It occurred to me the other day that it’s been a while since I’ve stuck any of my own work on here, and being freshly graduated and resting before I try and sort out a career I haven’t really flexed my design muscles recently. So here’s a project rundown of the last thing I did at uni, my final major project based on the D&AD brief from Orion Books, which asked for a series of matching book covers for legendary author H.G. Wells‘ more lesser known novels (aka the non-sci-fi ones). The original brief said they had to be hardback jackets, but the set is aimed at a younger audience and those likely to have a basic knowledge of the author but not these particular titles. Hardback’s just seemed like a contradiction. They’re more expensive and less practical, two qualities I thought were pretty important when targeting ‘young creatives’.

Here are a few of my scamp pages for each book, just to show you where the imagery and ideas came from:

Stuff was pretty varied at the early stages, and I didn’t know how I would realise anything, though it would have to be either illustration or photography. Designing custom DVD covers in high school really helped me with the whole ‘matching set’ thing, but then again, it’s hardly rocket science to establish a visual style and apply it to three books. Before I decided upon the 60’s cut-out style, I made a few random mock-ups digitally, with varying degrees of success:

They’re not too bad really, just not the sort of thing I wanted. The last ‘pink bottles’ one I still think is pretty cool, but I couldn’t make the same thing work for the other two books. All this digital experimenting lead to the old school, cut-out style I would fall in love with. It got me looking at old Penguin books and kick-started this retro crush I’ve had over the last few months and will probably stay with me for the rest of my life. Here is a selection of some of the earlier covers I made for ‘Tono-Bungay‘:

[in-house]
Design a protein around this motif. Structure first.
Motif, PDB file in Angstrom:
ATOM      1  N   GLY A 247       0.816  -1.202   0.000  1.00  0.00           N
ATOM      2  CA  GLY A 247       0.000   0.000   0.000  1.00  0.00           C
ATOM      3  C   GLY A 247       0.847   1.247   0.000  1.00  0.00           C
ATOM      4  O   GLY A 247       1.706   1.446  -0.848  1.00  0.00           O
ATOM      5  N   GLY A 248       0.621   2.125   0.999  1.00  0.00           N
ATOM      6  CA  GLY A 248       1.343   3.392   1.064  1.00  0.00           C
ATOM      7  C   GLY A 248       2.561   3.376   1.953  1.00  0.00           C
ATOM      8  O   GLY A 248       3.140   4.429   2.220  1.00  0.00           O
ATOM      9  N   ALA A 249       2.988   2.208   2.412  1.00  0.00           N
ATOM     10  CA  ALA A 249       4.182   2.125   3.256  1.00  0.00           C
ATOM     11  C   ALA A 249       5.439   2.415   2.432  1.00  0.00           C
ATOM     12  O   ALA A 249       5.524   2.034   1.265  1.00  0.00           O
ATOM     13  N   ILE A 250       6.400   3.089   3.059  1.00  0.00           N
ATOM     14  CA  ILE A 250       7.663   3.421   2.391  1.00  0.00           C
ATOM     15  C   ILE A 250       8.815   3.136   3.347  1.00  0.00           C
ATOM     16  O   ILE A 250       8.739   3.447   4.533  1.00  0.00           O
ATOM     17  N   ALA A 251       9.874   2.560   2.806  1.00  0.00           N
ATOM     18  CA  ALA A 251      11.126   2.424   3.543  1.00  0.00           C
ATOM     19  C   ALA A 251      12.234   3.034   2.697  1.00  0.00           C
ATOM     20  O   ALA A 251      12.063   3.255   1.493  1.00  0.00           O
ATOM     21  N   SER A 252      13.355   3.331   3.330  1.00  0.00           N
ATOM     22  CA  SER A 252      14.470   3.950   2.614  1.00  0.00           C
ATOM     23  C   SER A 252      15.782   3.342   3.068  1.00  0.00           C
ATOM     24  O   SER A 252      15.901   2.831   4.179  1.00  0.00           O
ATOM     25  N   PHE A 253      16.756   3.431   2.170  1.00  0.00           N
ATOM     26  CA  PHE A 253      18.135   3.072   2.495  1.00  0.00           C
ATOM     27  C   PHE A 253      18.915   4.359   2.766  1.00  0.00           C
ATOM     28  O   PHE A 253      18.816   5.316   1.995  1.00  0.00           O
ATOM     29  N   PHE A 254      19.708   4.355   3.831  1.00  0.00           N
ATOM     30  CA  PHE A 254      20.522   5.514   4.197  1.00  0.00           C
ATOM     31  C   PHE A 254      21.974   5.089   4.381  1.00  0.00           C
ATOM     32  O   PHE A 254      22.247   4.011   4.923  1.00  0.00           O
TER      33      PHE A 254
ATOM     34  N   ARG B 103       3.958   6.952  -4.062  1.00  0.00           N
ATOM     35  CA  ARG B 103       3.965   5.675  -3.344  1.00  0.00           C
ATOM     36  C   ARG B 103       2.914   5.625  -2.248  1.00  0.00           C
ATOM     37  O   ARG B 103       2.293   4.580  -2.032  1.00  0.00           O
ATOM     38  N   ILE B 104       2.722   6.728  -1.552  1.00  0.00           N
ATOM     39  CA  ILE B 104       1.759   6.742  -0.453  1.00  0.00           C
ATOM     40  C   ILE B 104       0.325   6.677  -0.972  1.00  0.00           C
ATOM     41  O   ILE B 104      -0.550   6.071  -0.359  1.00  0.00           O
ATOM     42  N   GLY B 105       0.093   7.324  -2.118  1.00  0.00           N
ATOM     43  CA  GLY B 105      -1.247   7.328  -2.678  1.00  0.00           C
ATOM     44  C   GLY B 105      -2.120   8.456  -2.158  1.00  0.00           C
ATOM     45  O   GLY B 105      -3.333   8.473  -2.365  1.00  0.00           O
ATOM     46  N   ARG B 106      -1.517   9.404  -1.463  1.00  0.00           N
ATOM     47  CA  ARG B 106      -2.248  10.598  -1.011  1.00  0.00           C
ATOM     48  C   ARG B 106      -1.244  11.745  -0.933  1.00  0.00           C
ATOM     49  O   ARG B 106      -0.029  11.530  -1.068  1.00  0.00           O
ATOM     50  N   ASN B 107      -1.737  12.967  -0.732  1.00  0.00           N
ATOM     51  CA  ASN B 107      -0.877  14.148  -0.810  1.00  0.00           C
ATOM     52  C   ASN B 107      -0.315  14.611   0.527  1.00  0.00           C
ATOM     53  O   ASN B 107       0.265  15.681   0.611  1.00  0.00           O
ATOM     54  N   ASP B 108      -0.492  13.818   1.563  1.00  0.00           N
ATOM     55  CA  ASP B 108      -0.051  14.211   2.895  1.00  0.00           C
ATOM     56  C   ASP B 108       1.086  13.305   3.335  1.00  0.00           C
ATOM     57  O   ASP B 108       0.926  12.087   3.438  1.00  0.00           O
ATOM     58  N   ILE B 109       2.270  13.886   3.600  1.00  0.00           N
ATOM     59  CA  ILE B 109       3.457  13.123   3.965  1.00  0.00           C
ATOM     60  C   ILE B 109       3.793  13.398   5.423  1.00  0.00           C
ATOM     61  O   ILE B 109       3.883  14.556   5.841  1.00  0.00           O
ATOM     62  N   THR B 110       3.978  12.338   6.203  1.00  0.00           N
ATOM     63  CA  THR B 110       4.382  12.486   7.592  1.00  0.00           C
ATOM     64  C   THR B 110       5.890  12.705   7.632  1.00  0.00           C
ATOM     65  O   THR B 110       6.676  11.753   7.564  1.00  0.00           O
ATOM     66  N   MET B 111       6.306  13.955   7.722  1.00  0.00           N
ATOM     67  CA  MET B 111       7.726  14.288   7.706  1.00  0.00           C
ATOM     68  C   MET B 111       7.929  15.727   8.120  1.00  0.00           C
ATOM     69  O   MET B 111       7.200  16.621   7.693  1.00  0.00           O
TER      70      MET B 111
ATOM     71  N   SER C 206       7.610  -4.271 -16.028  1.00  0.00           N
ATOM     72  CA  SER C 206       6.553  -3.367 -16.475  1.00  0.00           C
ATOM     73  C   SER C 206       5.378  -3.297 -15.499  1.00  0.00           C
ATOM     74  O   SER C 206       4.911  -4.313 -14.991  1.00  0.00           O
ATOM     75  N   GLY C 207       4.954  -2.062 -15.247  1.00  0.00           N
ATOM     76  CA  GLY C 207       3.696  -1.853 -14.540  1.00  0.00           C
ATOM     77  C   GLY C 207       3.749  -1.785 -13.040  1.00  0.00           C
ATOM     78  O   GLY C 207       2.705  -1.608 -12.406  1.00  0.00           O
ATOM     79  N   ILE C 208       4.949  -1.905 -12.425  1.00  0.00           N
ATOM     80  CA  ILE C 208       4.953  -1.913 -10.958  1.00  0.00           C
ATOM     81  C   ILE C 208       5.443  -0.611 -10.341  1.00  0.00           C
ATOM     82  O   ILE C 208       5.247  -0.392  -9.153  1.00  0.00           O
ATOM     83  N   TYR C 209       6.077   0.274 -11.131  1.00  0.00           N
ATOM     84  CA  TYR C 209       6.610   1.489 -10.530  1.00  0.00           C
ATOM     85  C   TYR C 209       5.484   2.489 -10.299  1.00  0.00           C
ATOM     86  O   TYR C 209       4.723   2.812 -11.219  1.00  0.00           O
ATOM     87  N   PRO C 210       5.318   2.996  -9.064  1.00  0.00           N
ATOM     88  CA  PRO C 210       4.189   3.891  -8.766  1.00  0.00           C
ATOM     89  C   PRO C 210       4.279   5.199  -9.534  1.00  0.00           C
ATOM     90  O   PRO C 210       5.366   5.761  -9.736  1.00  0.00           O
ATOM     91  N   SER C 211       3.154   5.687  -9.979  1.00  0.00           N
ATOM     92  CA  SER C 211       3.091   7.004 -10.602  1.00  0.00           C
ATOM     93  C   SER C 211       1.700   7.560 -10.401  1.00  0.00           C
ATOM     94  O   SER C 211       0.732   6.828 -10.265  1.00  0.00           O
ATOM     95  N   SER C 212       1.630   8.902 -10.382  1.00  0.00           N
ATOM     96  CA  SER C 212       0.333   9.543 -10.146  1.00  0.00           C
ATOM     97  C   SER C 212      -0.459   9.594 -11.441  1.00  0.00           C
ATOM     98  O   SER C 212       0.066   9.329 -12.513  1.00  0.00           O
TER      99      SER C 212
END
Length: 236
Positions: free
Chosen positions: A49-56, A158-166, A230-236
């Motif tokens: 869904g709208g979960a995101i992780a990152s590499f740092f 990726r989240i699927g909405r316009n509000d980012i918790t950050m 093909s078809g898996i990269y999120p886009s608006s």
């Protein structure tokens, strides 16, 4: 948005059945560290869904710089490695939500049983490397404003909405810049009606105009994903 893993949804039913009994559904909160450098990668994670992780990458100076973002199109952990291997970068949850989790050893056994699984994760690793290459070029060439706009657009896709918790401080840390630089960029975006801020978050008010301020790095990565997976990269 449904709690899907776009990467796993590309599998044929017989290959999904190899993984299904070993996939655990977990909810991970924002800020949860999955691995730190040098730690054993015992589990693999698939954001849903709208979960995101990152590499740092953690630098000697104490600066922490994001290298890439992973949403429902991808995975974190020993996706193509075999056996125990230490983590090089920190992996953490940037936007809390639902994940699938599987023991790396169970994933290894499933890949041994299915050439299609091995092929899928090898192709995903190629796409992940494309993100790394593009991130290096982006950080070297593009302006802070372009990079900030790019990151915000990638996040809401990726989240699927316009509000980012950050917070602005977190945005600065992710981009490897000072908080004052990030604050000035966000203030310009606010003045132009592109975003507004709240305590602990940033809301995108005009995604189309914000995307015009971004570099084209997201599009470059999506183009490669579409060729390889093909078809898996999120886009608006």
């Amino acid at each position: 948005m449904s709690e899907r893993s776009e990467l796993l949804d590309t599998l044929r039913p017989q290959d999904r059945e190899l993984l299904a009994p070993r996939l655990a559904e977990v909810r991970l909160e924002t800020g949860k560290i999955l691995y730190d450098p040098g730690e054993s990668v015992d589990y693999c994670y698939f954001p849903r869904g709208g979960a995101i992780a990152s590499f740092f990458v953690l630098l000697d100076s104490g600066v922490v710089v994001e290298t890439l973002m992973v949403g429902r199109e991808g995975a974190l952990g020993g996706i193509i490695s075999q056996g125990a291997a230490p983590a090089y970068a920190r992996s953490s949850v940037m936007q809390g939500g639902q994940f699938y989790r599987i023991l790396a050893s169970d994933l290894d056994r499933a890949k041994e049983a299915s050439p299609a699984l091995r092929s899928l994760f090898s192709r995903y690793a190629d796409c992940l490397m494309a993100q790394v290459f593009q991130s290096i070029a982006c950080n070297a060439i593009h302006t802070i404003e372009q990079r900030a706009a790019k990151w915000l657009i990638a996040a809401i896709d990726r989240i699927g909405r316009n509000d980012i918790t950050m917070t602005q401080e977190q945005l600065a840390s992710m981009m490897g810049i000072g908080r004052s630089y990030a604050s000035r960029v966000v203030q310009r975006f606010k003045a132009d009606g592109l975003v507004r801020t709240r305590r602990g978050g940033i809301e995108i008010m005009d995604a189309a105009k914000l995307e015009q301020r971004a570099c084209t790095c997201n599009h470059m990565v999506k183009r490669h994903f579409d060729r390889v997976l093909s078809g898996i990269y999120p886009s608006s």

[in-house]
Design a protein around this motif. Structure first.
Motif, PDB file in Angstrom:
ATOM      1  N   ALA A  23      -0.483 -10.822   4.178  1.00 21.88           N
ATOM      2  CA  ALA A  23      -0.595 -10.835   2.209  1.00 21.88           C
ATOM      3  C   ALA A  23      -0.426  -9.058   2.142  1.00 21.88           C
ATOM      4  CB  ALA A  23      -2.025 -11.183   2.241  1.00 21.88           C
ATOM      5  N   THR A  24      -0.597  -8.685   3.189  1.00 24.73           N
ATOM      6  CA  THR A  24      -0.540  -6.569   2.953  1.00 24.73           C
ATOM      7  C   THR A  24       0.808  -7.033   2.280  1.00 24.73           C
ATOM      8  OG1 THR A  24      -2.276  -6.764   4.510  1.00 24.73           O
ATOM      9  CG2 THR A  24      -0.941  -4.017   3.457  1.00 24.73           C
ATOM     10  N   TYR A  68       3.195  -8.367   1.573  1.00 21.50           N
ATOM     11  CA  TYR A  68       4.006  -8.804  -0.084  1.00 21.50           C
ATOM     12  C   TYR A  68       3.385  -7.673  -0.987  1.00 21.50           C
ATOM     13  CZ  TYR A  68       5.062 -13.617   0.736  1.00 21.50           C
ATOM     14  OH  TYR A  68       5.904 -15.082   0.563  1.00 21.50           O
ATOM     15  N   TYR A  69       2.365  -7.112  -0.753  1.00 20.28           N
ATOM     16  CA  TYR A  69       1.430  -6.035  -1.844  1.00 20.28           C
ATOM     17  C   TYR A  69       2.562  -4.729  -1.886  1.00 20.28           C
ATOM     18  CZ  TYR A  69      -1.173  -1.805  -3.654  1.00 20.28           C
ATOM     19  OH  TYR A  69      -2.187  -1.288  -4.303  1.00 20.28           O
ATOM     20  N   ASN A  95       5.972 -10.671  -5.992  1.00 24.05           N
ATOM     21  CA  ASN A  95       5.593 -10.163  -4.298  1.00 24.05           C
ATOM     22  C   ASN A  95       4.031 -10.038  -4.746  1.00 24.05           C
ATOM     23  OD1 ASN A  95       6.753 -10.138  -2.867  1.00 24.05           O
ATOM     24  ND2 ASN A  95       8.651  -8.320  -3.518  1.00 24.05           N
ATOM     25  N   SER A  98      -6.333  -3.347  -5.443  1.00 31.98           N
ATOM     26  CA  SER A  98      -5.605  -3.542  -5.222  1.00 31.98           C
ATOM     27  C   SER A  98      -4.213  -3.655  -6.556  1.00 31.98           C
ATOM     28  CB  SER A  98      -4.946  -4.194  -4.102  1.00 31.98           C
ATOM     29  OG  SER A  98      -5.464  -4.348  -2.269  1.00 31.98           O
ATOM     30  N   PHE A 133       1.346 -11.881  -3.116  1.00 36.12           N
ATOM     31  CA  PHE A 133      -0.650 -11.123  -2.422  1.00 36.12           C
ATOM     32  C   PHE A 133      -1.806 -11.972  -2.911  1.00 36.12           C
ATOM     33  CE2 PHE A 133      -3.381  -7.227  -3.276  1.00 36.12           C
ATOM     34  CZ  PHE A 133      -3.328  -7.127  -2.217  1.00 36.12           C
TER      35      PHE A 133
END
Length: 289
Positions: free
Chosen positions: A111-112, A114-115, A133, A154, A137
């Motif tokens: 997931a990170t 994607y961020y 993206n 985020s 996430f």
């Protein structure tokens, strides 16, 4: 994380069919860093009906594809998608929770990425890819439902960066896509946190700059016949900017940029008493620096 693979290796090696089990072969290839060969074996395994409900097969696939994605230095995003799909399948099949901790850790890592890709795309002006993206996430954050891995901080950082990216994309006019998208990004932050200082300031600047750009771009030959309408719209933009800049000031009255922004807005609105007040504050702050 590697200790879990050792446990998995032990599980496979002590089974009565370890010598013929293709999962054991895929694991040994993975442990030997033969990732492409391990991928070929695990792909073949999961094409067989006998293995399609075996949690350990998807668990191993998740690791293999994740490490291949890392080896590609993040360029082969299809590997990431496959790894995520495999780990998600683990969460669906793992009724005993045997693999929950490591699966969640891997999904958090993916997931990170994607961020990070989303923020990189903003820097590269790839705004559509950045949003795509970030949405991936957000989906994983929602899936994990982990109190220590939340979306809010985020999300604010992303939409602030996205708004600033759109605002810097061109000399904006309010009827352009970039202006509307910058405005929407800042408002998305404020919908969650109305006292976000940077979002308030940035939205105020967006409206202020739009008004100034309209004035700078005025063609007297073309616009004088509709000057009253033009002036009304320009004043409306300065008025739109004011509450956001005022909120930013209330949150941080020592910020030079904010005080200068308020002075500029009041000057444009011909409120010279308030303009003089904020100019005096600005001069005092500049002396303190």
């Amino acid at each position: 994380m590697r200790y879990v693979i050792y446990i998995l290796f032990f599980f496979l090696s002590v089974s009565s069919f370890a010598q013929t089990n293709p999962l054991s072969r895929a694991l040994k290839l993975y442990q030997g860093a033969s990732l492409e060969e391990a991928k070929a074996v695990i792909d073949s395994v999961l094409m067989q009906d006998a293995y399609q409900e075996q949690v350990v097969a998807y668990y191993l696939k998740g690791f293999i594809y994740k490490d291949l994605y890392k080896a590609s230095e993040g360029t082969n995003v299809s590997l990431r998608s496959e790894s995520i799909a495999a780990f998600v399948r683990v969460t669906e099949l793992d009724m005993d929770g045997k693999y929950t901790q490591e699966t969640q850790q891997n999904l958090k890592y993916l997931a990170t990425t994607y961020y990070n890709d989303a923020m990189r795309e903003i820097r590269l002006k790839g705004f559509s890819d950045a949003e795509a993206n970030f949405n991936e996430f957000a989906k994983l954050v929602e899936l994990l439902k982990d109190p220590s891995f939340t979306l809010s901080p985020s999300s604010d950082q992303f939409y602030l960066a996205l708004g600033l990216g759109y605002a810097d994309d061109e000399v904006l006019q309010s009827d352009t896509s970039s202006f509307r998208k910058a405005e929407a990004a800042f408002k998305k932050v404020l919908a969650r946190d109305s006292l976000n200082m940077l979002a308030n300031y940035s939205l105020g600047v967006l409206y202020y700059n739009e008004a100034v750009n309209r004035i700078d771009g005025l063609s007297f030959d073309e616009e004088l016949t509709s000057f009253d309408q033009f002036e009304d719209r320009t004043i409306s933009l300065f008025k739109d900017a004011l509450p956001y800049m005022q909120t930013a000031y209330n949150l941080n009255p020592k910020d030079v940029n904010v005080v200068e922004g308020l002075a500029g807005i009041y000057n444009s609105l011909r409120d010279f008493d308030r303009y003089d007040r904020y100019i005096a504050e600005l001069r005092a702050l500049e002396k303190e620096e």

I really dug the pink and black (though I would end up changing it to a green / blue thanks to printing issues with the red on the next title), and I thought that applying a 60’s style to books published in the late 1800’s gave them an awesome modern-retro feel. My original post while these were still in development can be found here, and a bunch of (eventually) rejected designs for ‘Love and Mr. Lewisham‘ is also on here. I moved onto the second book, and it took me ages to get to something that a) I liked as much as the pink bottles and b) looked like part of the same set as the others (and at that point I still hadn’t decided on which one I liked the most). So I ended up making loads of similar covers using vector stylized people and hearts, which I just couldn’t seem to make work:

The two above were the best of the bunch. They’re simple, and fit with the previous designs. ‘Love and Mr. Lewisham‘ is the only book of the three which I actually read during the project, and although I came up with the heart / arrows idea before hand, it’s a really good reflection of the story and it’s key protagonist (three guesses who that is). The Ouija board background disappeared fairly quickly, as did the question mark, it doesn’t add anything and the imagery speaks alot better without it.

Annoyingly I have lost the front mock-ups of ‘The History of Mr. Polly‘, which basically went from a hand holding a match (which I actually re-used here) to a gentlemen’s top hat on fire. Both of which are a reference to the most pivotal moment in the book, where Mr. Polly decides to burn down his clothes shop and start a new life in the country.

Well this post has gone on far longer than I originally intended anyways, so I’ll leave it here, simply by saying that I’m awfully proud of the final outcomes, with each one really reflecting the essence, spirit and themes of each book, and in the Saul Bass style I have been a fan of for years, but had never imitated. If you actually took the time to read all this, thanks alot.